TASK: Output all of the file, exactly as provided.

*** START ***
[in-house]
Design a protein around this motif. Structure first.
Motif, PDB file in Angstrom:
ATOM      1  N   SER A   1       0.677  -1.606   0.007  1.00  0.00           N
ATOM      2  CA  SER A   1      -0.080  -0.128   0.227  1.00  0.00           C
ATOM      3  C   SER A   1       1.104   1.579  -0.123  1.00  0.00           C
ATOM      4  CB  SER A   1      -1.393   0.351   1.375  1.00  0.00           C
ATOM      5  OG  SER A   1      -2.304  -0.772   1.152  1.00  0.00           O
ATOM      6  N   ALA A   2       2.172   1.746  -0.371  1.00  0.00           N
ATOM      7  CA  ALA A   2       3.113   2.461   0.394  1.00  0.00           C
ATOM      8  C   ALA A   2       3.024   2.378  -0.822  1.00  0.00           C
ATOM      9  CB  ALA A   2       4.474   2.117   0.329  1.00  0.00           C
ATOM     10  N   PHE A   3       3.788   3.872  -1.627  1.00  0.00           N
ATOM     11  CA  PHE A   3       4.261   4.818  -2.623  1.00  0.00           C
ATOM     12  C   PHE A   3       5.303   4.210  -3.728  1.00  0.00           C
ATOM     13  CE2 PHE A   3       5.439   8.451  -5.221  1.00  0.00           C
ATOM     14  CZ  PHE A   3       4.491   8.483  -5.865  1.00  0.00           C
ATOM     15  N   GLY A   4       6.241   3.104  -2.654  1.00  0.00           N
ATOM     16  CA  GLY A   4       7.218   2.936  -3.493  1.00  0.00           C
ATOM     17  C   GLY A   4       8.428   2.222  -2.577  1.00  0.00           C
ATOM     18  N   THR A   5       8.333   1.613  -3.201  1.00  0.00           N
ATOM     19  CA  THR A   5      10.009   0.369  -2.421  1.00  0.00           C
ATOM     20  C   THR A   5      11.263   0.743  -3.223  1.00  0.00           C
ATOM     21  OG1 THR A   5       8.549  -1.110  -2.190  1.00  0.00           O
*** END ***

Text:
[in-house]
Design a protein around this motif. Structure first.
Motif, PDB file in Angstrom:
ATOM      1  N   SER A   1       0.677  -1.606   0.007  1.00  0.00           N
ATOM      2  CA  SER A   1      -0.080  -0.128   0.227  1.00  0.00           C
ATOM      3  C   SER A   1       1.104   1.579  -0.123  1.00  0.00           C
ATOM      4  CB  SER A   1      -1.393   0.351   1.375  1.00  0.00           C
ATOM      5  OG  SER A   1      -2.304  -0.772   1.152  1.00  0.00           O
ATOM      6  N   ALA A   2       2.172   1.746  -0.371  1.00  0.00           N
ATOM      7  CA  ALA A   2       3.113   2.461   0.394  1.00  0.00           C
ATOM      8  C   ALA A   2       3.024   2.378  -0.822  1.00  0.00           C
ATOM      9  CB  ALA A   2       4.474   2.117   0.329  1.00  0.00           C
ATOM     10  N   PHE A   3       3.788   3.872  -1.627  1.00  0.00           N
ATOM     11  CA  PHE A   3       4.261   4.818  -2.623  1.00  0.00           C
ATOM     12  C   PHE A   3       5.303   4.210  -3.728  1.00  0.00           C
ATOM     13  CE2 PHE A   3       5.439   8.451  -5.221  1.00  0.00           C
ATOM     14  CZ  PHE A   3       4.491   8.483  -5.865  1.00  0.00           C
ATOM     15  N   GLY A   4       6.241   3.104  -2.654  1.00  0.00           N
ATOM     16  CA  GLY A   4       7.218   2.936  -3.493  1.00  0.00           C
ATOM     17  C   GLY A   4       8.428   2.222  -2.577  1.00  0.00           C
ATOM     18  N   THR A   5       8.333   1.613  -3.201  1.00  0.00           N
ATOM     19  CA  THR A   5      10.009   0.369  -2.421  1.00  0.00           C
ATOM     20  C   THR A   5      11.263   0.743  -3.223  1.00  0.00           C
ATOM     21  OG1 THR A   5       8.549  -1.110  -2.190  1.00  0.00           O